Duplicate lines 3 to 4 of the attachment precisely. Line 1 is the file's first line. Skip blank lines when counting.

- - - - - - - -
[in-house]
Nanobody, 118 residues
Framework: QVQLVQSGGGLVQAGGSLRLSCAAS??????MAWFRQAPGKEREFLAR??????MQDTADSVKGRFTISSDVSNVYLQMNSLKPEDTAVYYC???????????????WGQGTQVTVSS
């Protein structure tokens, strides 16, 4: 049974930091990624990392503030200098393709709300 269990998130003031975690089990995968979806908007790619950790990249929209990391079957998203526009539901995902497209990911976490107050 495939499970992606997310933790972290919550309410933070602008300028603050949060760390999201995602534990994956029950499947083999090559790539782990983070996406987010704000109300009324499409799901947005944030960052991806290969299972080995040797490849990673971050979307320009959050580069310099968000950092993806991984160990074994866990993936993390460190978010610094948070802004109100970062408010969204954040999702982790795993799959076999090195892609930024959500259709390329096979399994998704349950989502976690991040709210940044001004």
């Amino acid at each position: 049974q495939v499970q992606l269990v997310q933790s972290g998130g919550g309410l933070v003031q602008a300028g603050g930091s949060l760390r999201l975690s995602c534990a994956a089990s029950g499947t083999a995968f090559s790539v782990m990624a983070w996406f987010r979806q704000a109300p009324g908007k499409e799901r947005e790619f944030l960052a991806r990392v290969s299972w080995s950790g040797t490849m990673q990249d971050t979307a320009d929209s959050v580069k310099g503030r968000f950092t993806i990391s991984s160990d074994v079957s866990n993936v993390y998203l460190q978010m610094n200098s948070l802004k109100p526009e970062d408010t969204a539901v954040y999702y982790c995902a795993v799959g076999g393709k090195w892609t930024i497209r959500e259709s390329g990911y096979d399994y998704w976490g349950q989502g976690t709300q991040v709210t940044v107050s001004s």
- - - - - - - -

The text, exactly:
Framework: QVQLVQSGGGLVQAGGSLRLSCAAS??????MAWFRQAPGKEREFLAR??????MQDTADSVKGRFTISSDVSNVYLQMNSLKPEDTAVYYC???????????????WGQGTQVTVSS
């Protein structure tokens, strides 16, 4: 049974930091990624990392503030200098393709709300 269990998130003031975690089990995968979806908007790619950790990249929209990391079957998203526009539901995902497209990911976490107050 495939499970992606997310933790972290919550309410933070602008300028603050949060760390999201995602534990994956029950499947083999090559790539782990983070996406987010704000109300009324499409799901947005944030960052991806290969299972080995040797490849990673971050979307320009959050580069310099968000950092993806991984160990074994866990993936993390460190978010610094948070802004109100970062408010969204954040999702982790795993799959076999090195892609930024959500259709390329096979399994998704349950989502976690991040709210940044001004």